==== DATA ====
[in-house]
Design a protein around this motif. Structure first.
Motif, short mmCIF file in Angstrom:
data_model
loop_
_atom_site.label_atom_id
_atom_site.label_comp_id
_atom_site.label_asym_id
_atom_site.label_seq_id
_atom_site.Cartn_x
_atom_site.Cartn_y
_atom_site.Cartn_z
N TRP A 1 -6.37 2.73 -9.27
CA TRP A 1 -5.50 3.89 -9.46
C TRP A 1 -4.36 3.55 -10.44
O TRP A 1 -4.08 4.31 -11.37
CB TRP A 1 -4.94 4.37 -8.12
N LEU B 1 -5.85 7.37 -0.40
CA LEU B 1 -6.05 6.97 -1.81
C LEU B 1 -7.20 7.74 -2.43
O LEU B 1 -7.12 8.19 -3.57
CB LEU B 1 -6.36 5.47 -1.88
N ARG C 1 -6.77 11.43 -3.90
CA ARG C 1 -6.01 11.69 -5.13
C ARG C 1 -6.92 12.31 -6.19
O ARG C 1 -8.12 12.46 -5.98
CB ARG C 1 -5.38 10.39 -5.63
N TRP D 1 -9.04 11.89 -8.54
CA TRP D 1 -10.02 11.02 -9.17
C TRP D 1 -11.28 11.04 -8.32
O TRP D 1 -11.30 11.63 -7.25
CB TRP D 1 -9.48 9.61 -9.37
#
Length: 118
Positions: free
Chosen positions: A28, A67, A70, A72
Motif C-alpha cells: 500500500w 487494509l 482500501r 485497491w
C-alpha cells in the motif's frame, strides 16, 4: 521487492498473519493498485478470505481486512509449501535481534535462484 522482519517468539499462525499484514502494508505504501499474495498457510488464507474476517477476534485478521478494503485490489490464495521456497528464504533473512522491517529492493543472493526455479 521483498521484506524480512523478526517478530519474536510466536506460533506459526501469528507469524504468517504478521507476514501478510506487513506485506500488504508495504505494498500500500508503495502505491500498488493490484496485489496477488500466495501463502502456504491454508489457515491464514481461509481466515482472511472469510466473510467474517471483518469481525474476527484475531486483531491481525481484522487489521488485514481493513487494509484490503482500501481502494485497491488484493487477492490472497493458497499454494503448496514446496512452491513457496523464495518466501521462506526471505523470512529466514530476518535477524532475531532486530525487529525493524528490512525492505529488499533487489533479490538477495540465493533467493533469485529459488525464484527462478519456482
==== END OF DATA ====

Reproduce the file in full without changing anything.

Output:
[in-house]
Design a protein around this motif. Structure first.
Motif, short mmCIF file in Angstrom:
data_model
loop_
_atom_site.label_atom_id
_atom_site.label_comp_id
_atom_site.label_asym_id
_atom_site.label_seq_id
_atom_site.Cartn_x
_atom_site.Cartn_y
_atom_site.Cartn_z
N TRP A 1 -6.37 2.73 -9.27
CA TRP A 1 -5.50 3.89 -9.46
C TRP A 1 -4.36 3.55 -10.44
O TRP A 1 -4.08 4.31 -11.37
CB TRP A 1 -4.94 4.37 -8.12
N LEU B 1 -5.85 7.37 -0.40
CA LEU B 1 -6.05 6.97 -1.81
C LEU B 1 -7.20 7.74 -2.43
O LEU B 1 -7.12 8.19 -3.57
CB LEU B 1 -6.36 5.47 -1.88
N ARG C 1 -6.77 11.43 -3.90
CA ARG C 1 -6.01 11.69 -5.13
C ARG C 1 -6.92 12.31 -6.19
O ARG C 1 -8.12 12.46 -5.98
CB ARG C 1 -5.38 10.39 -5.63
N TRP D 1 -9.04 11.89 -8.54
CA TRP D 1 -10.02 11.02 -9.17
C TRP D 1 -11.28 11.04 -8.32
O TRP D 1 -11.30 11.63 -7.25
CB TRP D 1 -9.48 9.61 -9.37
#
Length: 118
Positions: free
Chosen positions: A28, A67, A70, A72
Motif C-alpha cells: 500500500w 487494509l 482500501r 485497491w
C-alpha cells in the motif's frame, strides 16, 4: 521487492498473519493498485478470505481486512509449501535481534535462484 522482519517468539499462525499484514502494508505504501499474495498457510488464507474476517477476534485478521478494503485490489490464495521456497528464504533473512522491517529492493543472493526455479 521483498521484506524480512523478526517478530519474536510466536506460533506459526501469528507469524504468517504478521507476514501478510506487513506485506500488504508495504505494498500500500508503495502505491500498488493490484496485489496477488500466495501463502502456504491454508489457515491464514481461509481466515482472511472469510466473510467474517471483518469481525474476527484475531486483531491481525481484522487489521488485514481493513487494509484490503482500501481502494485497491488484493487477492490472497493458497499454494503448496514446496512452491513457496523464495518466501521462506526471505523470512529466514530476518535477524532475531532486530525487529525493524528490512525492505529488499533487489533479490538477495540465493533467493533469485529459488525464484527462478519456482